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Discussion Starter · #1 ·
This is the first time I'm being very conscious about my fish keeping hobby and I really want my fishes to be healthy and happy . Recently i bought mbunas peacocks and some haps for my tank , tank size is 5*2*2 . All of them were exhibiting great colours in aquarium shop but in my tank they look pale . They eat nicely i feed them hikari cichlid gold and they also look active they chase each other around , I have two sobo top filters.
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Welcome to Cichlid-forum!

First any fish will be pale upon arrival in a new tank, it can take a month or more before they exhibit good colors.

BUT if you mix the wrong fish they will never exhibit good colors. For example, most mbuna are too aggressive for haps and peacocks. This is not something you can observe but something the fish feel and they subdue their colors...trying to avoid notice.

What are the species of each fish in your tank and are they all male? You may have some fish that get too large for your tank, and/or some that are too aggressive to allow the others to color well.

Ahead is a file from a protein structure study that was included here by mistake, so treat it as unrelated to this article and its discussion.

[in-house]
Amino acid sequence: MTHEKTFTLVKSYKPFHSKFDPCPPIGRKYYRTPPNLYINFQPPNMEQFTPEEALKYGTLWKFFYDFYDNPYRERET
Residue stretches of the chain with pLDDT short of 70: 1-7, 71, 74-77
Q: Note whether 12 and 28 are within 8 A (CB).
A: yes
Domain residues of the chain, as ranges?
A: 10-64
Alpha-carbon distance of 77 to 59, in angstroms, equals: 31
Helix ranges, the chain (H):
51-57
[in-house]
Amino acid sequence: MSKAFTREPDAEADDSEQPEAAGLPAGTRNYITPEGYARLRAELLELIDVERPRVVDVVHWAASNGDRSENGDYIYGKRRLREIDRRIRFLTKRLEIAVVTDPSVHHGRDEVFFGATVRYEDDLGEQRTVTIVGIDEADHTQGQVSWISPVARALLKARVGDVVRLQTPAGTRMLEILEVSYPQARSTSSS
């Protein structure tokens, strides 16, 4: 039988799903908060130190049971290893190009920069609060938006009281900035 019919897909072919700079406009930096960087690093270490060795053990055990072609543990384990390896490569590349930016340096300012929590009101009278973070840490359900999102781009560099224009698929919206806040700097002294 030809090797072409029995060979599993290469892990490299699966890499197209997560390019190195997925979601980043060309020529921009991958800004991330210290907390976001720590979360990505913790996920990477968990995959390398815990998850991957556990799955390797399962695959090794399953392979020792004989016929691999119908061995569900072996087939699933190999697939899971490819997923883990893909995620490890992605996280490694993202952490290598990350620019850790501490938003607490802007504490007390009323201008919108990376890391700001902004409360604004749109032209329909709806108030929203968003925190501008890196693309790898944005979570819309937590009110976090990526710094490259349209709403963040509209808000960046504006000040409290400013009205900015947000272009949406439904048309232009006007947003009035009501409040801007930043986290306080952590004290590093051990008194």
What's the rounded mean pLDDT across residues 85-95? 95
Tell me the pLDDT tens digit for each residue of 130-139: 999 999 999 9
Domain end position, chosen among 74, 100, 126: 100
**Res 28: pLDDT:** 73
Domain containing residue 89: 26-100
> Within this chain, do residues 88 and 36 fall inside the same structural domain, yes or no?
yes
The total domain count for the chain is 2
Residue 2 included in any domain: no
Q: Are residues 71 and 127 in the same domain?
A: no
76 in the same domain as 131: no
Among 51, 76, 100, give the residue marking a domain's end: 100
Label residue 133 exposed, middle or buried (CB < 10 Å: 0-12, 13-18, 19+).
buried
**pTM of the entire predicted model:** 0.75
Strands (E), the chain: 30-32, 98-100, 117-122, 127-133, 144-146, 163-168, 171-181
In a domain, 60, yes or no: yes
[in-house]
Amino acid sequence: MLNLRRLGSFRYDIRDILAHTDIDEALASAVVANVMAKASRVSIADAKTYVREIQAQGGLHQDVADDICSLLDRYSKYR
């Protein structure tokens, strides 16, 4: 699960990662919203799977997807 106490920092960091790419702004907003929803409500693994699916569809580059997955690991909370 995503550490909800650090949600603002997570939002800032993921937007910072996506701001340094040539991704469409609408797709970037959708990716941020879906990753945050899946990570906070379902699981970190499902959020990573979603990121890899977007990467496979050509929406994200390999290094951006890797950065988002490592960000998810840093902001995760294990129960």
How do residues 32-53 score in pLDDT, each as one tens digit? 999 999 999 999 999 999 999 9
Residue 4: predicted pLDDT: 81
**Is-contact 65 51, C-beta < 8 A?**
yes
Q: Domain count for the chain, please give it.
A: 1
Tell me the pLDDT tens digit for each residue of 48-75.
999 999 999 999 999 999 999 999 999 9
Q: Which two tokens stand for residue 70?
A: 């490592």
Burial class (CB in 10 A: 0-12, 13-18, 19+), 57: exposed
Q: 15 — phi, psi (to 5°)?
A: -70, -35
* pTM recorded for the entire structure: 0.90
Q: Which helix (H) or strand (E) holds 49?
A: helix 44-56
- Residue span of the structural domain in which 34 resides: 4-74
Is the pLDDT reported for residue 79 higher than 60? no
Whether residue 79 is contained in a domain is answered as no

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Discussion Starter · #3 ·
Welcome to Cichlid-forum!

First any fish will be pale upon arrival in a new tank, it can take a month or more before they exhibit good colors.

BUT if you mix the wrong fish they will never exhibit good colors. For example, most mbuna are too aggressive for haps and peacocks. This is not something you can observe but something the fish feel and they subdue their colors...trying to avoid notice.

What are the species of each fish in your tank and are they all male? You may have some fish that get too large for your tank, and/or some that are too aggressive to allow the others to color well.
Thankyou so much, i got some clarity . Actually it's been more than a month since I got them, and my question is at shops here in india there will be no substrate no good filters nor they feed good food and they are overstocked but still they look so colourfull ,how is that possible 😕?